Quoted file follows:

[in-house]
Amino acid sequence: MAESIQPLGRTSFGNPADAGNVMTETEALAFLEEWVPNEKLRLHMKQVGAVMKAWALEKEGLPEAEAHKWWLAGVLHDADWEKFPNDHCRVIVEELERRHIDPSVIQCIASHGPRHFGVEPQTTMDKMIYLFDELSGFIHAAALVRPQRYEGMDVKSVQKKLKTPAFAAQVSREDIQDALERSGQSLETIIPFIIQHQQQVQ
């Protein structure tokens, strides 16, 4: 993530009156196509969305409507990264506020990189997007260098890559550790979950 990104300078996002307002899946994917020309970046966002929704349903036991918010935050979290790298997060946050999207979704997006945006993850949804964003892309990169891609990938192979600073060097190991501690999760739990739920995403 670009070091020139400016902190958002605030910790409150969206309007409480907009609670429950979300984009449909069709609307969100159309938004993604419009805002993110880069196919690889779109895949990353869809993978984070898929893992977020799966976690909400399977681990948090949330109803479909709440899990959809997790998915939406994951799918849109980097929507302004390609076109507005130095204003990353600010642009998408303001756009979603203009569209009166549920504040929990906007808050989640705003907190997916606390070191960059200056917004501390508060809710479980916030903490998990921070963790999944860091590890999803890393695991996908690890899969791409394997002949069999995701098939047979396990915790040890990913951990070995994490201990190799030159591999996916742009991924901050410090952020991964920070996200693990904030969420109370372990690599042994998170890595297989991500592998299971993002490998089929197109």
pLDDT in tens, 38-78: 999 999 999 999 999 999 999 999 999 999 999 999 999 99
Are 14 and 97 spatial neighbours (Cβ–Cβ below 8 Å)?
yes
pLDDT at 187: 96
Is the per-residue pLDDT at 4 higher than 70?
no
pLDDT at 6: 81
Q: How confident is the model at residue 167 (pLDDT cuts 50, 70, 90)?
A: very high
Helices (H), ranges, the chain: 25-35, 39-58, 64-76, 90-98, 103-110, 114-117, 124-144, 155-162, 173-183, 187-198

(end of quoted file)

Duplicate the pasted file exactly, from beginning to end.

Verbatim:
[in-house]
Amino acid sequence: MAESIQPLGRTSFGNPADAGNVMTETEALAFLEEWVPNEKLRLHMKQVGAVMKAWALEKEGLPEAEAHKWWLAGVLHDADWEKFPNDHCRVIVEELERRHIDPSVIQCIASHGPRHFGVEPQTTMDKMIYLFDELSGFIHAAALVRPQRYEGMDVKSVQKKLKTPAFAAQVSREDIQDALERSGQSLETIIPFIIQHQQQVQ
């Protein structure tokens, strides 16, 4: 993530009156196509969305409507990264506020990189997007260098890559550790979950 990104300078996002307002899946994917020309970046966002929704349903036991918010935050979290790298997060946050999207979704997006945006993850949804964003892309990169891609990938192979600073060097190991501690999760739990739920995403 670009070091020139400016902190958002605030910790409150969206309007409480907009609670429950979300984009449909069709609307969100159309938004993604419009805002993110880069196919690889779109895949990353869809993978984070898929893992977020799966976690909400399977681990948090949330109803479909709440899990959809997790998915939406994951799918849109980097929507302004390609076109507005130095204003990353600010642009998408303001756009979603203009569209009166549920504040929990906007808050989640705003907190997916606390070191960059200056917004501390508060809710479980916030903490998990921070963790999944860091590890999803890393695991996908690890899969791409394997002949069999995701098939047979396990915790040890990913951990070995994490201990190799030159591999996916742009991924901050410090952020991964920070996200693990904030969420109370372990690599042994998170890595297989991500592998299971993002490998089929197109």
pLDDT in tens, 38-78: 999 999 999 999 999 999 999 999 999 999 999 999 999 99
Are 14 and 97 spatial neighbours (Cβ–Cβ below 8 Å)?
yes
pLDDT at 187: 96
Is the per-residue pLDDT at 4 higher than 70?
no
pLDDT at 6: 81
Q: How confident is the model at residue 167 (pLDDT cuts 50, 70, 90)?
A: very high
Helices (H), ranges, the chain: 25-35, 39-58, 64-76, 90-98, 103-110, 114-117, 124-144, 155-162, 173-183, 187-198